It's a good question, and I've often wondered this myself. Alamar's answer is a big part of it. I'm not sure if it adds up to much, but here are a few other things I can think of:
Countries may wish to exercise a certain amount of control regardless. For example, India practices stringent screening of people of Pakistani origin (Even third generation immigrants.) There's even a special field in the visa application form asking if you have Pakistani roots, and the processing time is much longer for people of Pakistani origin. Many nationalities are eligible to apply for e-visa online, but people of Pakistani origin (regardless of citizenship) are not eligible for e-visa at all. It also appears that a great many of these people are in fact rejected.
To follow up on your example, Norway has roughly 40.000 people of Pakistani origin. (And many more from similar countries.) A great many of them are Norwegian citizens. If India was to remove the visa requirement for all Norwegian citizens, they would lose the ability to additionally screen these Norwegians of Pakistani origin. It would also make it much, much more difficult to reject them. Whether this additional screening and rejection is useful or not is a separate matter, but it's a fact that India does practice it.
Blacklisted people, and people who have been previously denied entry
There's also the additional motive of making it easier to enforce blacklists. Let's say an individual has been caught overstaying or committing crimes previously (maybe even in another, cooperating country) and is blacklisted in some way. He can then be denied a visa. If the person could simply arrive in the airport, it would be different. They may catch him at immigration, but it may not be convenient to check everyone on the spot at immigration. And if a blacklisted person does show up, the country may have to pay for the flight ticket (and other administrative costs) to have him deported back to his country of origin. Neither is it a good practice to return people who have spent much time and money on their trip. Stories of such (quite possibly totally innocent) people being arbitrarily rejected at immigration and deported does not give your country a good name internationally, and does not encourage tourism. Would you want to spend your money and holidays traveling to a country that may or may not accept you when you arrive? What if you even risked having to pay your own expensive deportation flight ticked home? No matter the probability, this would not encourage tourism to that country. It's much easier for the country to reject people during a visa application process.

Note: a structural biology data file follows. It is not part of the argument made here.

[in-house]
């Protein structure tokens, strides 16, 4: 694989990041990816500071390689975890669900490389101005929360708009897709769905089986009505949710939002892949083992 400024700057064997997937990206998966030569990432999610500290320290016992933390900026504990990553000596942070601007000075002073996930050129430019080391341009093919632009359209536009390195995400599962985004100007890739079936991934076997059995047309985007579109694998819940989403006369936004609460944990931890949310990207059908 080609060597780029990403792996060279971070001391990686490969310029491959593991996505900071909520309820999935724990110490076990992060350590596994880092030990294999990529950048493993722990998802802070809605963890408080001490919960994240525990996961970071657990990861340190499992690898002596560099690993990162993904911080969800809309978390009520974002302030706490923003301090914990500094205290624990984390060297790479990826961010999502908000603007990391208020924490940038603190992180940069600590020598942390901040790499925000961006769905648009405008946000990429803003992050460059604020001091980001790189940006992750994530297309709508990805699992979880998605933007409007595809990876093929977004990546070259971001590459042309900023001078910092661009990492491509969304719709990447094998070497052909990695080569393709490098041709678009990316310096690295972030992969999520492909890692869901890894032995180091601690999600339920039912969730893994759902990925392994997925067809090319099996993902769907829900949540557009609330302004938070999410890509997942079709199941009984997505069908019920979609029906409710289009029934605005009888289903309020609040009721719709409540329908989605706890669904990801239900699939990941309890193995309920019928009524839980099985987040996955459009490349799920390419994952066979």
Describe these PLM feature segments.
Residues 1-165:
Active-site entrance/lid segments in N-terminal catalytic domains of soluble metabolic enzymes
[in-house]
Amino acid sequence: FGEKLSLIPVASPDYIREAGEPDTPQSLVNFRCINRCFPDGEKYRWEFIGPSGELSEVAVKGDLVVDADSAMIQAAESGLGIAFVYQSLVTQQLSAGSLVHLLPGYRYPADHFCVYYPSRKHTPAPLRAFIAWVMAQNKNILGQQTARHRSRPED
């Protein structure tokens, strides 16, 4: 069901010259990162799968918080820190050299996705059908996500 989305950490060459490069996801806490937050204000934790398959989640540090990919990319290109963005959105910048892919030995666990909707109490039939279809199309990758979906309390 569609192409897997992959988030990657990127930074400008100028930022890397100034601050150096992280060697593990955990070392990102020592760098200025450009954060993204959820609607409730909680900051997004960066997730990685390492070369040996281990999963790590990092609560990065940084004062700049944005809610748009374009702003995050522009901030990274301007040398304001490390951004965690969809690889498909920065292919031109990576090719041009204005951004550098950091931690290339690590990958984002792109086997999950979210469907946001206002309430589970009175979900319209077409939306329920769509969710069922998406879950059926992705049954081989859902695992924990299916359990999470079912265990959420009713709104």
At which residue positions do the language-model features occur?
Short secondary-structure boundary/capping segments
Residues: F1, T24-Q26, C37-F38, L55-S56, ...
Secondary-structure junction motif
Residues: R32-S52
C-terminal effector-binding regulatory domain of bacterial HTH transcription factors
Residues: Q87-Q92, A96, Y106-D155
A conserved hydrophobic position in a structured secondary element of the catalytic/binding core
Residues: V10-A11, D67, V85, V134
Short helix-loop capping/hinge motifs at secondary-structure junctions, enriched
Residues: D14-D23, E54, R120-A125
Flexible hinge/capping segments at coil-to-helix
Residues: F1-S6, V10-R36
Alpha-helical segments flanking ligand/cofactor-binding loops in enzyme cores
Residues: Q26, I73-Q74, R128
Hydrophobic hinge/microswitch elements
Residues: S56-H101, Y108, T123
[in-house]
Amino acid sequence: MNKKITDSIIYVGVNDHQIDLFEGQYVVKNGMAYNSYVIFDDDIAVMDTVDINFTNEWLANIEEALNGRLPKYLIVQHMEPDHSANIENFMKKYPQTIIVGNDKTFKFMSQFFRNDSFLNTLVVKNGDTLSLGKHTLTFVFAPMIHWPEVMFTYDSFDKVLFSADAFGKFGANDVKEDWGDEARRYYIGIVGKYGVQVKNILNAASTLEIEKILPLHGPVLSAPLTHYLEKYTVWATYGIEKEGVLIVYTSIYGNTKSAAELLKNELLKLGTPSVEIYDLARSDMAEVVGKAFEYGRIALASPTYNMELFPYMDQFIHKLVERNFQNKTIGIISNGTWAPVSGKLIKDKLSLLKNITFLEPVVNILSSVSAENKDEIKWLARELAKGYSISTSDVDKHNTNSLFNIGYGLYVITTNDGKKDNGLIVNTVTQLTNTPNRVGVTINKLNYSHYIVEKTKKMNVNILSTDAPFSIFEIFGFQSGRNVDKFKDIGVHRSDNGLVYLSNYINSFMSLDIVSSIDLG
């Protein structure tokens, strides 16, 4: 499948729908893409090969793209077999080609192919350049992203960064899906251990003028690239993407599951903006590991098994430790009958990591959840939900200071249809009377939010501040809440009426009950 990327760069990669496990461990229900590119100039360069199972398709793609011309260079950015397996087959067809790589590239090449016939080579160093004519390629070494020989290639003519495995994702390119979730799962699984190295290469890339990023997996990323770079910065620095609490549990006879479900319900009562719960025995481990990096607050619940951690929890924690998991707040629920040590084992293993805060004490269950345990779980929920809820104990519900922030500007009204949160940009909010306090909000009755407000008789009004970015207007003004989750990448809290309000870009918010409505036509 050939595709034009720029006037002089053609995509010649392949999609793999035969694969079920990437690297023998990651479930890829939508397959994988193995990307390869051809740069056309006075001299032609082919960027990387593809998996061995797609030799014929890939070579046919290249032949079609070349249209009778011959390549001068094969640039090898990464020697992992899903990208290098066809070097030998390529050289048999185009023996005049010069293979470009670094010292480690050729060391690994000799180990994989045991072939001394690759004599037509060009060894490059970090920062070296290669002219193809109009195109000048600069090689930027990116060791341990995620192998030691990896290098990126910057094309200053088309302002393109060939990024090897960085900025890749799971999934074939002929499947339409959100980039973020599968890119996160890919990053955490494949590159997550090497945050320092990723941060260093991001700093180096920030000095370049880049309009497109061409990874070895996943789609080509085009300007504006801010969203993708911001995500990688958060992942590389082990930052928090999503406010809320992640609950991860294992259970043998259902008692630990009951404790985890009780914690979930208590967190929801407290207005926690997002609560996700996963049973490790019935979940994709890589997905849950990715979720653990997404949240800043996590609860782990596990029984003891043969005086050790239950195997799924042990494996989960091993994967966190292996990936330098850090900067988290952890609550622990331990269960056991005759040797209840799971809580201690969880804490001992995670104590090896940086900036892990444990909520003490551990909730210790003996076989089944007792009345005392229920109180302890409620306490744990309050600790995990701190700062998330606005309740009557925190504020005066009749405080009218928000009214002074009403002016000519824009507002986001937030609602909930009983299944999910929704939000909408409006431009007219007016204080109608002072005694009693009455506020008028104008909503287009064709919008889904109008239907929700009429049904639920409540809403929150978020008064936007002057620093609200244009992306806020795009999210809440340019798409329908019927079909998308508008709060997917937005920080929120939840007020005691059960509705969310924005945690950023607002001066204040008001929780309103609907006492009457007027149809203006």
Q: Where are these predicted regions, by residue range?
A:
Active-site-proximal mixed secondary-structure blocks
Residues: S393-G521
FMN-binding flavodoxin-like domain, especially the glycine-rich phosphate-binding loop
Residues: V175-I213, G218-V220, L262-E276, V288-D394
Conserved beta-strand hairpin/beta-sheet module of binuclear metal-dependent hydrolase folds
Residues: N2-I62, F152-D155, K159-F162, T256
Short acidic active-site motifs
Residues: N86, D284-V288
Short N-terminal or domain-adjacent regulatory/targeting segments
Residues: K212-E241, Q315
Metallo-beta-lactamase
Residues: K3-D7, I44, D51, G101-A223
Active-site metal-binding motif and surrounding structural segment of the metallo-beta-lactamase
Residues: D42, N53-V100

My mother works for a Norwegian publisher. This publisher publishes, among other things, many books and magazines about geo-politics and regional politics. Some of these books/magazines have written about certain countries in less than favorable ways. After such publishings, there have been instances where people employed in that company could no longer get visas for those countries. (Even if they said they were just going for tourism.) If those countries allowed all Norwegians access without them having to apply for visas first, that would severely limit their ability to refuse entry to such people. Again, it's much harder to turn people away at the border.